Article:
Functional Outcomes Following Shoulder Surgery: A Prospective Database
The purpose of this prospective database is to investigate the long-term functional status of patients who have undergone various types of shoulder surgery. Patients are asked to respond to questionnaires prior to surgery and at various post-operative visits in an attempt to quantify their functional outcomes. Responses are then linked to other data such as symptoms, prior treatments, previous surgery, complications, radiographic results, etc. These data may then be used as a basis for devising guidelines for future patients and surgeons.
Rotator Cuff Tear
|Study Design:||Time Perspective: Prospective|
|Official Title:||Functional Outcome Following Shoulder Surgery: A Prospective Database|
- long term outcome and functional status [ Time Frame: 2 year follow up ] [ Designated as safety issue: No ]The purpose of this database is to explore the long term outcome and functional status of patients undergoing various types of shoulder surgery.
|Study Start Date:||November 2004|
|Estimated Study Completion Date:||January 2020|
|Estimated Primary Completion Date:||January 2020 (Final data collection date for primary outcome measure)|
The purpose of the prospective database is to initiate data collection for a group of patients undergoing surgery of the shoulder. Long-term data collection will include information on the functional status of the patients' shoulder as well as quality of life information and radiographic results. The database will be an essential element in the development of an academic shoulder service at the University of Ottawa. Many areas in shoulder surgery are in their infancy in terms of minimally invasive techniques. Several large areas require substantial research in order to refine decision making. The database will allow these questions to be answered using a retrospective model and will provide the background information required to mount larger scale randomized controlled trials. The nature of the database information collection will also allow meaningful research to be completed by the residents in the program in a timely and cost-effective manner. This will be in keeping with the training requirements in Orthopedic surgery and will help promote interest in the area of research for the trainees.The following are examples of questions that the database information could answer through research:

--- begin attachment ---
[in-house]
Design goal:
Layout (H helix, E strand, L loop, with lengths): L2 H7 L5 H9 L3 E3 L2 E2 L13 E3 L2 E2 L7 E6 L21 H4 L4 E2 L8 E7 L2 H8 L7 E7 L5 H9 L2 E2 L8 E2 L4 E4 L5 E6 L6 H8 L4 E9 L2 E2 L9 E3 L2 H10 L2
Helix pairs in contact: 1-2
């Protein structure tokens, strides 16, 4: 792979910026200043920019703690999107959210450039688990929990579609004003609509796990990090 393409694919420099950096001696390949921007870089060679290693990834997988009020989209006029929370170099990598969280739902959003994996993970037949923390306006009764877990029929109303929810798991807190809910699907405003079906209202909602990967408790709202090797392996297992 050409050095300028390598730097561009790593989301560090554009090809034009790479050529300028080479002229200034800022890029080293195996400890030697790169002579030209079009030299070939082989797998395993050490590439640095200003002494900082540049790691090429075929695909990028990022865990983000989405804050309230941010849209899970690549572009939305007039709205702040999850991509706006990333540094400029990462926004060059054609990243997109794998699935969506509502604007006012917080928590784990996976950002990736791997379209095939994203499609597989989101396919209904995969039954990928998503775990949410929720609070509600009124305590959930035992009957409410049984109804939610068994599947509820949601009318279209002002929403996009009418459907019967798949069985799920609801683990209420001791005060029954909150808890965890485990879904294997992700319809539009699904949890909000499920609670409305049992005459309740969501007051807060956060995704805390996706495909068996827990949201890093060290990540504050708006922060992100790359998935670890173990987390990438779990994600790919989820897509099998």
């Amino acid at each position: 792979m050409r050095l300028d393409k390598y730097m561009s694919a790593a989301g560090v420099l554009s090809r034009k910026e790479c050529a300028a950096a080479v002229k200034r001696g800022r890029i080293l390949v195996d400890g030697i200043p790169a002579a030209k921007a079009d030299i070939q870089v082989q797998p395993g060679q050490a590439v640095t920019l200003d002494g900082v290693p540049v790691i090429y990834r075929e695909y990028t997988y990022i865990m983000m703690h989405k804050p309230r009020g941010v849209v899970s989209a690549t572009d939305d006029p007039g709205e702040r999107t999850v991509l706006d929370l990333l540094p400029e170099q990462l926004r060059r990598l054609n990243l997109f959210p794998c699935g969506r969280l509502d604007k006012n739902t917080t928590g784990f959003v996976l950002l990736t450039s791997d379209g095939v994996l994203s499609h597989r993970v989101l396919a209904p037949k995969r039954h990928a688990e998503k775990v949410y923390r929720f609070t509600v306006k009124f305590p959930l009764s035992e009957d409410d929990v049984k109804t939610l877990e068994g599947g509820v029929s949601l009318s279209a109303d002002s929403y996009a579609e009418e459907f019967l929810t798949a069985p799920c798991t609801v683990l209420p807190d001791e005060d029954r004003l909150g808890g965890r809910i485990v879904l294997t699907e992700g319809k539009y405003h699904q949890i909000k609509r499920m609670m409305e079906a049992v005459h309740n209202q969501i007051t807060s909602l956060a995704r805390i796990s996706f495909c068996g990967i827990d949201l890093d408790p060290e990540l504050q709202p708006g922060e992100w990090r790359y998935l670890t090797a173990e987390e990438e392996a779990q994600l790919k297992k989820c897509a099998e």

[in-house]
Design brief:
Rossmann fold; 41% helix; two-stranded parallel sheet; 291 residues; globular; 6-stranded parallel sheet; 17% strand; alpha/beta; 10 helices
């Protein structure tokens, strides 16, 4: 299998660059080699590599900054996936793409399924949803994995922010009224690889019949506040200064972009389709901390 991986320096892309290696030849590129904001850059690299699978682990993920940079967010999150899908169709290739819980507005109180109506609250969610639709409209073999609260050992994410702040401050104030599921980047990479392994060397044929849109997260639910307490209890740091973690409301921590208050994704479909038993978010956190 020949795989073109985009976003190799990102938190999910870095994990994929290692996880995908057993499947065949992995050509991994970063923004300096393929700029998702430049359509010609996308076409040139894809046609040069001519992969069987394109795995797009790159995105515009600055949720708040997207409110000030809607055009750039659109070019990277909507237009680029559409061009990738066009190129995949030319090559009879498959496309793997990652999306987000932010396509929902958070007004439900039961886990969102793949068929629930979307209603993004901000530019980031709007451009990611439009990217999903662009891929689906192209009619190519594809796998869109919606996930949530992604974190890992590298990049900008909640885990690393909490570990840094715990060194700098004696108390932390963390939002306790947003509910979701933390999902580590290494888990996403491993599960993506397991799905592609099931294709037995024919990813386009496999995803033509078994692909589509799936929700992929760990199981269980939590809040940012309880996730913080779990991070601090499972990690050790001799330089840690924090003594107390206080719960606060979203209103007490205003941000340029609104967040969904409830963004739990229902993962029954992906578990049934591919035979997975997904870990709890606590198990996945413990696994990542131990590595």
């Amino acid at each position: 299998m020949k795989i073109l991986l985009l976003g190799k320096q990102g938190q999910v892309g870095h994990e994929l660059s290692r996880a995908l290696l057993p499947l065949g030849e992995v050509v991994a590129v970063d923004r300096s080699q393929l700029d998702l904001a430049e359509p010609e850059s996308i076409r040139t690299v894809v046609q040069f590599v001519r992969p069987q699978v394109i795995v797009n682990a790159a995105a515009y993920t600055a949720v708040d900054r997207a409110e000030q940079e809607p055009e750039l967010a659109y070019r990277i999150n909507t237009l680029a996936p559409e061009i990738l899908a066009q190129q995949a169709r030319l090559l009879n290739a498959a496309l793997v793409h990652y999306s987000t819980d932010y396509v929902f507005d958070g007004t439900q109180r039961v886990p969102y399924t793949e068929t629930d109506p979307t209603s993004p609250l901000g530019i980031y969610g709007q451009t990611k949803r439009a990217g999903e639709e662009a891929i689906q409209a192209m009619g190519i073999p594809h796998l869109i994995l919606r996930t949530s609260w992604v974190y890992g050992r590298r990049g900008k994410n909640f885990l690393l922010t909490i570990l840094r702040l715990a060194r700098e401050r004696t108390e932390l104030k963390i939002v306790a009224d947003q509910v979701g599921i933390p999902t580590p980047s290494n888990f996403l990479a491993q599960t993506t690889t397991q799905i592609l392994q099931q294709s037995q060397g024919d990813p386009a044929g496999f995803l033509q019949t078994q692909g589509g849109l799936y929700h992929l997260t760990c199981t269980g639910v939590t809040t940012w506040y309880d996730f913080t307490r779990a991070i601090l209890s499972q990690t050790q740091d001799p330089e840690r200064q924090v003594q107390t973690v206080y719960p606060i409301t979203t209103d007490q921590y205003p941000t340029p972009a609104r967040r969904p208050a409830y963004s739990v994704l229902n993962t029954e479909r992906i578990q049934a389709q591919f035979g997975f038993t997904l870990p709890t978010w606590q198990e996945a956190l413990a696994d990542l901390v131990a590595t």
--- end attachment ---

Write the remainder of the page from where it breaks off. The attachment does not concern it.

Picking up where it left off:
- Does the length of time taken to access Orthopedic care influence the outcome of surgery in rotator cuff disease? in instability? in arthritis?
- How does the choice of implant in arthroplasty affect outcome (stemmed implants versus resurfacing arthroplasty)?
- In subscapularis repair, does technique influence outcome (open subscapularis repair versus arthroscopic subscapularis repair)?
|Contact: Peter Lapner, MD||613-737-8377|
|Ottawa, Ontario, Canada, K1Y 4E9|
|Principal Investigator:||Peter Lapner, MD||OHRI|